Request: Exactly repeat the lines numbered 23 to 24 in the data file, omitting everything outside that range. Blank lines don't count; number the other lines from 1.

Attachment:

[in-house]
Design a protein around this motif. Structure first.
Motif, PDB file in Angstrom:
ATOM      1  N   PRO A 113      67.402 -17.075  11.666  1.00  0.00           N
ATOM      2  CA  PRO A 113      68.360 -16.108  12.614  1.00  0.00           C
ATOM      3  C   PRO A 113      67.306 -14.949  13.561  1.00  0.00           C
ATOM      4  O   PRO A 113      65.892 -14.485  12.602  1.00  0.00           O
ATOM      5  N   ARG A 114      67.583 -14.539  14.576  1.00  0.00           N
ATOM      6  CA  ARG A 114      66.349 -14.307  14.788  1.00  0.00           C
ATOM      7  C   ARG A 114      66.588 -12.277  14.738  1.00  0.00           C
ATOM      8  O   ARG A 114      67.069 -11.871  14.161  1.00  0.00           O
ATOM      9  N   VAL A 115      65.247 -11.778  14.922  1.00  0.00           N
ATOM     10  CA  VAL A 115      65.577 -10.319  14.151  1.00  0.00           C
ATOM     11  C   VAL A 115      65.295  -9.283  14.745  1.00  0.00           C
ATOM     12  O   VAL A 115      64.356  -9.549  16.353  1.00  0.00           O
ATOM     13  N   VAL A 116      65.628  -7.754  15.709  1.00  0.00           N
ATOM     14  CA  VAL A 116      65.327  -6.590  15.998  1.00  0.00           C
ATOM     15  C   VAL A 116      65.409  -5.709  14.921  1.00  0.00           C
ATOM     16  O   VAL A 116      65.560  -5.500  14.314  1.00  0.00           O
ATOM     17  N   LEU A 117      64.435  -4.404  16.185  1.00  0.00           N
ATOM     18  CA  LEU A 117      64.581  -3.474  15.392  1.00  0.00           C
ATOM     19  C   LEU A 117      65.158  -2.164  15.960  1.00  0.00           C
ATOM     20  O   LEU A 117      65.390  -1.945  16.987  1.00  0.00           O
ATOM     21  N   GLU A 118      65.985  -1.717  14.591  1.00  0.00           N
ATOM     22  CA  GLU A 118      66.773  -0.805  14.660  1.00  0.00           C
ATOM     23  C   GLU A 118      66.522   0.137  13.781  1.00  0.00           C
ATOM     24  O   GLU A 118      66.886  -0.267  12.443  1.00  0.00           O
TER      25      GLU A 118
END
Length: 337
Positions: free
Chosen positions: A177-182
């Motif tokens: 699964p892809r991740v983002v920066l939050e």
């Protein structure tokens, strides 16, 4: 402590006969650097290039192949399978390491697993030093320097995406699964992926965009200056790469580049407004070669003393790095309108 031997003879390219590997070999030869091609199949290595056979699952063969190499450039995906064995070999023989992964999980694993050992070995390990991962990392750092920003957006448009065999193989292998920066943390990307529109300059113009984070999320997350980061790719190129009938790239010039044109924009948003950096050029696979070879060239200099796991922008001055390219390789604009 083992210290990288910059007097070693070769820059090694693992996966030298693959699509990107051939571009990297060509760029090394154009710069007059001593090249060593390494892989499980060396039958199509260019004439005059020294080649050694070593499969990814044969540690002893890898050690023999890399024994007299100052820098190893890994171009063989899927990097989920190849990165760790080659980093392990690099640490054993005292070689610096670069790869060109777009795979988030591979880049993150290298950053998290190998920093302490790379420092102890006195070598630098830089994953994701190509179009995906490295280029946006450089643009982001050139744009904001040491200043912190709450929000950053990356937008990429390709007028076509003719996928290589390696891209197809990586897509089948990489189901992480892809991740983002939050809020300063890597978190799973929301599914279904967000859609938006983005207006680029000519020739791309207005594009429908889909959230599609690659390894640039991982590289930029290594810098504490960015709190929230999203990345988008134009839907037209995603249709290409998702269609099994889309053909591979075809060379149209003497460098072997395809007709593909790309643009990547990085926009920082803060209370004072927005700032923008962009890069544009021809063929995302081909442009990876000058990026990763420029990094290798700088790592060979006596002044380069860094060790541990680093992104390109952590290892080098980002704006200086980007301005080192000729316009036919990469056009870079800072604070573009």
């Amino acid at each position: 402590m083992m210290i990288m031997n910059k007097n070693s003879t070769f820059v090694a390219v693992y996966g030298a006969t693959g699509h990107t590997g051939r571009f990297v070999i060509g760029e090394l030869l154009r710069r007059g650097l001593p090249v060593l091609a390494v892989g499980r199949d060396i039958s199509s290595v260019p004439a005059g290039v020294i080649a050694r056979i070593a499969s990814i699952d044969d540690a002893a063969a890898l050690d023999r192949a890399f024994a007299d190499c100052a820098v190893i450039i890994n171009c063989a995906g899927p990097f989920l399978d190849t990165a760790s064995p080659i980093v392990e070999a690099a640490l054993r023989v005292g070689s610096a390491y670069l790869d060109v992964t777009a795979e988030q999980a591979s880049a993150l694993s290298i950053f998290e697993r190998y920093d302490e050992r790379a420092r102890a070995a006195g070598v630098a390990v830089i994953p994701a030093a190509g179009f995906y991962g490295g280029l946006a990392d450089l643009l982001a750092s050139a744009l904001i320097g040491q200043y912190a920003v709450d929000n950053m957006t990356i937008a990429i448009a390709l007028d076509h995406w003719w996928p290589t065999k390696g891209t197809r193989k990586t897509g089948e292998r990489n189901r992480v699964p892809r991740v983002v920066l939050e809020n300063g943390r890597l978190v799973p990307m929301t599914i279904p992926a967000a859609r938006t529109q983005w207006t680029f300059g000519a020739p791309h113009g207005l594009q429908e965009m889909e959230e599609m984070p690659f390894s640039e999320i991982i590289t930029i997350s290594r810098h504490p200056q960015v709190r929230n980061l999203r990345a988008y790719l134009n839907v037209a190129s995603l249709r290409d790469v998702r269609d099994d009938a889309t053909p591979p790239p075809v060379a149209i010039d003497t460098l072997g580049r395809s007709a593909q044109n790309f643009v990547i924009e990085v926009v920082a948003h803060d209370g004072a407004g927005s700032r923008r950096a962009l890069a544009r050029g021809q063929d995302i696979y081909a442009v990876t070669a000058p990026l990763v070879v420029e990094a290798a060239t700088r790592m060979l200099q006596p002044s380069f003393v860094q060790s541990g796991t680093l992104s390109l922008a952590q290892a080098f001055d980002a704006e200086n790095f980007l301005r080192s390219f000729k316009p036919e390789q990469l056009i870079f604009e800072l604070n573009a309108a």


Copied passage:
ATOM     20  O   LEU A 117      65.390  -1.945  16.987  1.00  0.00           O
ATOM     21  N   GLU A 118      65.985  -1.717  14.591  1.00  0.00           N